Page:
Charlotte's Internship Blog
If I were asked to describe how my internship at endjin was, I would express how exciting and eye-opening it was to be working in tech. Although if I were asked to explain what I had learnt during my summer internship it would be a lot longer.
Working with endjin I was able to gain experience with lots of different technical skills and what I feel are as important, the interpersonal skills that come with working in a company that encourages teamwork, learning and development.
I was thinking about how valuable having work experience is and how it differs from education. This year at university we were presented with the idea that work and learning are very individual as we must be quantitatively measured and given a score; you work alone on exam questions and coursework, even in team projects most of the work is divided up for everyone to work individually on.
I believe being able to work independently is a brilliant skill to develop as it promotes motivation and organisation, especially when working in a business, being able to do your work without direct instruction is important.
Simultaneously team-working is even more valuable as it's about achieving a goal, which I experienced at endjin when we were programming, having one person driving the code (sharing their screen and editing the code) whilst the other working with the (suggesting what to tackle next or any errors might have been made) meant we could get through problems much quicker.
My internship showed me just how indispensable team working skills are; I recognised the value of communication. For example, each morning everyone writes a daily update which includes our progress from the day prior and plan for the day ahead.
At the end of each week there is a show and tell session where anyone can present what they have achieved that week. Along with the other interns, we present our weekly progress to the team and then get asked questions or suggestions which always spark ideas which we can take onboard to the next week.
Our main intern project was working to improve endjin's Data Strategy Briefing offering. This involved creating a dataset of 'fake' representative customers based on real data of several open data sets (census and land registry).
From the data we created we put it in Power BI to create graphs and represent it in a meaningful way. It was the highlight of my day when I discovered you could interact with graphs to drill through to the data it was presenting or highlight certain parts of the graph depending on a certain variable; you can explore the data and discover new insights.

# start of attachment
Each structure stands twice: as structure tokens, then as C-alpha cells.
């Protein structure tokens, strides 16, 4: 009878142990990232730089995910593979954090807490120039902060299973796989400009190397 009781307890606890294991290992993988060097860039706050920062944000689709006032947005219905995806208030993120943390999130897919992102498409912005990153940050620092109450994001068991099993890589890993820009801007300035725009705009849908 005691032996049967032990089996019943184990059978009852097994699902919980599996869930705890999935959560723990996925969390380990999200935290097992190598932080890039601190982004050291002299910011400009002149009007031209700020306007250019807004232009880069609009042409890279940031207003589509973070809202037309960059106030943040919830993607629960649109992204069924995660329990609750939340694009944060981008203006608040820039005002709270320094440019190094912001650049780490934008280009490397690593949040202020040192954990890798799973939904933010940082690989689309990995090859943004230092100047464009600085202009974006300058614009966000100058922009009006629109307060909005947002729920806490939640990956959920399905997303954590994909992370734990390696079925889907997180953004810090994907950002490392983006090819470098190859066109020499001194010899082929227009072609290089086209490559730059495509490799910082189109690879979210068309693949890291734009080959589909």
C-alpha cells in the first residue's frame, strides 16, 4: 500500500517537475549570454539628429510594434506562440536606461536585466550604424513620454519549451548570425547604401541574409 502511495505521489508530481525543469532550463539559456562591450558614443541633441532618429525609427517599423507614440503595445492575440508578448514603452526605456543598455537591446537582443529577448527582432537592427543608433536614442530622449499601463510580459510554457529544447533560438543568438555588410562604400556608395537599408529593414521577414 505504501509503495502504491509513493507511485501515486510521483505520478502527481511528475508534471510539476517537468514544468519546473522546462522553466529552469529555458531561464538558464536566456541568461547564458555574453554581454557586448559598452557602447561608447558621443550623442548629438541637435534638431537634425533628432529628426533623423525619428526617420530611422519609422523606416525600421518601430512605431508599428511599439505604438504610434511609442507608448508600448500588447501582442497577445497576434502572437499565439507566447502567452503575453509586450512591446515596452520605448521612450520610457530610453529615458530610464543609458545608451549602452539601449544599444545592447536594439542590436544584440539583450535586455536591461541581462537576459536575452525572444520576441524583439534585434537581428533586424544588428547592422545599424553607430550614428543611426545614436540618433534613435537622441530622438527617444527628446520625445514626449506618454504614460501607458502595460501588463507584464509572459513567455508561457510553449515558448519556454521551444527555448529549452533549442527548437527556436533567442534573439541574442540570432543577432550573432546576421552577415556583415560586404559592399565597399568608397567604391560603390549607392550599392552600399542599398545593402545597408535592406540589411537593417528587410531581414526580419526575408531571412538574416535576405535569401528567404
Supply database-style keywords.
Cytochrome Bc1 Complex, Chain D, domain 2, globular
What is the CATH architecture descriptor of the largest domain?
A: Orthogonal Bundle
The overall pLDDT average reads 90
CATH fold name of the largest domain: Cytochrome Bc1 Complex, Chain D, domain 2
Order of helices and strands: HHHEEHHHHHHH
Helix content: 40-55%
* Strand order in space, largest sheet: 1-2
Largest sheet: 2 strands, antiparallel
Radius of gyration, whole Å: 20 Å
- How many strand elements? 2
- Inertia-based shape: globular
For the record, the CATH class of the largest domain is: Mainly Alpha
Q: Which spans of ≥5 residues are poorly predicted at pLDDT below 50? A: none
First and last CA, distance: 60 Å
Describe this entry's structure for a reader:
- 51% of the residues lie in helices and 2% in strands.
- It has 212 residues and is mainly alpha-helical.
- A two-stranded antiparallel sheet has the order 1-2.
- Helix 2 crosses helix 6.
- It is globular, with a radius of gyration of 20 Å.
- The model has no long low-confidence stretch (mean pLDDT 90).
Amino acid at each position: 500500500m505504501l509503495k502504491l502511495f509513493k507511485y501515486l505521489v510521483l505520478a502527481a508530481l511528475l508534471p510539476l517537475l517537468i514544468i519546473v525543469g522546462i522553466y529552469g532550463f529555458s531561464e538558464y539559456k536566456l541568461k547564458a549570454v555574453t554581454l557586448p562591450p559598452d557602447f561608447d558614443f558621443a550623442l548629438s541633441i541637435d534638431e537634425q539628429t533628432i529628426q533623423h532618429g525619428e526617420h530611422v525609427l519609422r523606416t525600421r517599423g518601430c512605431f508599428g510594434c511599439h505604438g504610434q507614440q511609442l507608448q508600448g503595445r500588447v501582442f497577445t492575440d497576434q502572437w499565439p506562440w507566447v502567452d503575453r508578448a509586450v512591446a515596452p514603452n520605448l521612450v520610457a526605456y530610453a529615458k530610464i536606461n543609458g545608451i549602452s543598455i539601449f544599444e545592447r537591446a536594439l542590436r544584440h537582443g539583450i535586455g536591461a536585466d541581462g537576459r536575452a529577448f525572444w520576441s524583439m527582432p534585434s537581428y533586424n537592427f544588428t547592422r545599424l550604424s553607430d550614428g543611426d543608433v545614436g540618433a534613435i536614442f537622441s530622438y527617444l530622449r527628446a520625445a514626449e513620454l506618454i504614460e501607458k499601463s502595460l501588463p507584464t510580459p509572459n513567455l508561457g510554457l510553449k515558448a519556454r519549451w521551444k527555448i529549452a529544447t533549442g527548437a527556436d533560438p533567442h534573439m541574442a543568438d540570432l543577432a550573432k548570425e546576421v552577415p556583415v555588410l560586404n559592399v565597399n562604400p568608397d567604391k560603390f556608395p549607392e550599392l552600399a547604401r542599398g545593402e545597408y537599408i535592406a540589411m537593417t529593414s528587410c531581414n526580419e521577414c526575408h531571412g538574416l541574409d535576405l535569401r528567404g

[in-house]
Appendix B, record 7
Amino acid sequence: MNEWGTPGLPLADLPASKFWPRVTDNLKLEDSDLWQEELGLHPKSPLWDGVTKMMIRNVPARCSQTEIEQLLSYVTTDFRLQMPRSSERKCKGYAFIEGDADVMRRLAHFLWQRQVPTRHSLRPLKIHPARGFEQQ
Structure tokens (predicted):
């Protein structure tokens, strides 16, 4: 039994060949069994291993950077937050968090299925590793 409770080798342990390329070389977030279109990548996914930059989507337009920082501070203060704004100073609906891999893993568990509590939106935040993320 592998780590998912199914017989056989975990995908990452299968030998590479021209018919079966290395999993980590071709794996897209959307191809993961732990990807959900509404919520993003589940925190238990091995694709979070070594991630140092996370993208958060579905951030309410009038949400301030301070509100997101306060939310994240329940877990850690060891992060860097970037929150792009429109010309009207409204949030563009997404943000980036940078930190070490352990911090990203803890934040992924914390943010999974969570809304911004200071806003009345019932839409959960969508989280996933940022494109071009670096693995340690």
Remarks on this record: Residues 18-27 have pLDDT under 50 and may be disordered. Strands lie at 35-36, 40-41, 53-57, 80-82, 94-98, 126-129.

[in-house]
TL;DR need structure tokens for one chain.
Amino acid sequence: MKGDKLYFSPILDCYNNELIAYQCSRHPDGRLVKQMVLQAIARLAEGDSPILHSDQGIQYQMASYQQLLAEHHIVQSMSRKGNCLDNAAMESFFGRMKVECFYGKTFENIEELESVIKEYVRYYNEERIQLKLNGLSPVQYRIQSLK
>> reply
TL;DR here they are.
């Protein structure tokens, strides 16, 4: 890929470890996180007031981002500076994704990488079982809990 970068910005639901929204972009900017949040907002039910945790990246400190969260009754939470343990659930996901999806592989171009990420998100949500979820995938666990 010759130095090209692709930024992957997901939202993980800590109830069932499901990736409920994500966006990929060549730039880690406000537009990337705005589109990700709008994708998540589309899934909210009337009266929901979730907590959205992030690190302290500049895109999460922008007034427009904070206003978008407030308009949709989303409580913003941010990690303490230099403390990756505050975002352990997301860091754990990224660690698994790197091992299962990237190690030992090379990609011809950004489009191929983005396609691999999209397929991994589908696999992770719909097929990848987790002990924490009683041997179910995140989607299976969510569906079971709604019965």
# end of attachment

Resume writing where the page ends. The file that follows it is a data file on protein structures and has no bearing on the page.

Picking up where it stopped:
Prior to my internship, I had the impression that graphs were created to show trends in data and to get an overall summary of what it represents. Although, now I understand there are many more uses for representing data, for example when we presented our data in a graph and saw that all retired people were below age 65 which (I am sure many people would like it) just was not representative. So, by presenting data in graphs and looking at trends and outliers, it is easier to get a better hold on any errors, therefore making it easier to identify issues and what went wrong.
From University to Work
I am about to start my second year of Computer Science (CS) at the University of York so have had some prior knowledge of CS. Going into a data/software engineer internship I did not know how what I had learnt in the year was going to be applied or used.
Since being at endjin I have learnt it is vastly different when put into practice; the technical aspect is the same but the way its applied is different, rather than trying to solve individual small problems it is thinking about how those problems all come together to achieve the final target.
This includes constantly re-evaluating the way we are approaching the problem which may help us to realise that the problem is different to what we initially thought resulting in a better outcome in the end.
"...the way its applied is different, rather than trying to solve individual small problems it is thinking about how those problems all come together to achieve the final target"
I have learnt that you cannot write perfect code the first time, there is always room to refactor or reconsider the way have written your code.
At University, during our programming tasks, the need for documentation is always highlighted, explaining why it is important but until put into practice on a group project or code that is edited jointly, I never realised how much it IS really needed. By including docstrings and a 'readme' in a project can save tonnes of time that could have been spent trying to work out what a whole project of code did.
Technical Skills I developed during my internship
I have absolutely loved every minute of my internship at endjin, every day is completely different to the one before and the people are amazing.
I was lucky enough to be able to attend the company lunch to my astonishment where we enjoyed a 7-course meal (I found myself a bit lost with the 4 sets of cutleries and 3 different glasses in front of me!) and excitingly I got to meet everyone for the first time in person.
I did not know what to expect going into an internship or what I could learn, but for both, it exceeded my expectations. I am super excited to go into my second year of university with all the new skills I have gained and would love any more opportunities to work with endjin.